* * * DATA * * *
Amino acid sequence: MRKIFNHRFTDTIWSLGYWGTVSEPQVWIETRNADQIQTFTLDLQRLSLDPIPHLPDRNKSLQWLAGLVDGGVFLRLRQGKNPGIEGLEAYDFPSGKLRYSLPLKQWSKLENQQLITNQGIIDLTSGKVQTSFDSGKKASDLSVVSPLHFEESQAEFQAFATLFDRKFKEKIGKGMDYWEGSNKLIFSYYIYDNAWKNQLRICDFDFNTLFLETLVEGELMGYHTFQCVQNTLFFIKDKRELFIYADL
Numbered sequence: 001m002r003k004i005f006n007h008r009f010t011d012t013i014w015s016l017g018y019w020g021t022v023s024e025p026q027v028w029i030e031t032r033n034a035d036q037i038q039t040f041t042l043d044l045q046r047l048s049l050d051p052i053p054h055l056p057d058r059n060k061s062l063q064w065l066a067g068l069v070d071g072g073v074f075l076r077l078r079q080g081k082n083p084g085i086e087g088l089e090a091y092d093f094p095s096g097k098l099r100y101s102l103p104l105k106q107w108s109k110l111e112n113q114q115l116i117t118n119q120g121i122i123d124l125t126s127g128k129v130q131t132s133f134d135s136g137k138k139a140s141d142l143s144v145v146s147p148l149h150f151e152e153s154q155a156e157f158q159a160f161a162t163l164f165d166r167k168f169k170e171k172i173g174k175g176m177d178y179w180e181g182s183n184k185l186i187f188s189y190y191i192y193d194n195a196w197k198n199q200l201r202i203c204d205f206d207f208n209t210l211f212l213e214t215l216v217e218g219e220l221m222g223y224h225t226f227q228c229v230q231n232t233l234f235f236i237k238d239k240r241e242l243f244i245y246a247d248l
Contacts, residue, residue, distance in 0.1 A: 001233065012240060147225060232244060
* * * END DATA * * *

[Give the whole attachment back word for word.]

Amino acid sequence: MRKIFNHRFTDTIWSLGYWGTVSEPQVWIETRNADQIQTFTLDLQRLSLDPIPHLPDRNKSLQWLAGLVDGGVFLRLRQGKNPGIEGLEAYDFPSGKLRYSLPLKQWSKLENQQLITNQGIIDLTSGKVQTSFDSGKKASDLSVVSPLHFEESQAEFQAFATLFDRKFKEKIGKGMDYWEGSNKLIFSYYIYDNAWKNQLRICDFDFNTLFLETLVEGELMGYHTFQCVQNTLFFIKDKRELFIYADL
Numbered sequence: 001m002r003k004i005f006n007h008r009f010t011d012t013i014w015s016l017g018y019w020g021t022v023s024e025p026q027v028w029i030e031t032r033n034a035d036q037i038q039t040f041t042l043d044l045q046r047l048s049l050d051p052i053p054h055l056p057d058r059n060k061s062l063q064w065l066a067g068l069v070d071g072g073v074f075l076r077l078r079q080g081k082n083p084g085i086e087g088l089e090a091y092d093f094p095s096g097k098l099r100y101s102l103p104l105k106q107w108s109k110l111e112n113q114q115l116i117t118n119q120g121i122i123d124l125t126s127g128k129v130q131t132s133f134d135s136g137k138k139a140s141d142l143s144v145v146s147p148l149h150f151e152e153s154q155a156e157f158q159a160f161a162t163l164f165d166r167k168f169k170e171k172i173g174k175g176m177d178y179w180e181g182s183n184k185l186i187f188s189y190y191i192y193d194n195a196w197k198n199q200l201r202i203c204d205f206d207f208n209t210l211f212l213e214t215l216v217e218g219e220l221m222g223y224h225t226f227q228c229v230q231n232t233l234f235f236i237k238d239k240r241e242l243f244i245y246a247d248l
Contacts, residue, residue, distance in 0.1 A: 001233065012240060147225060232244060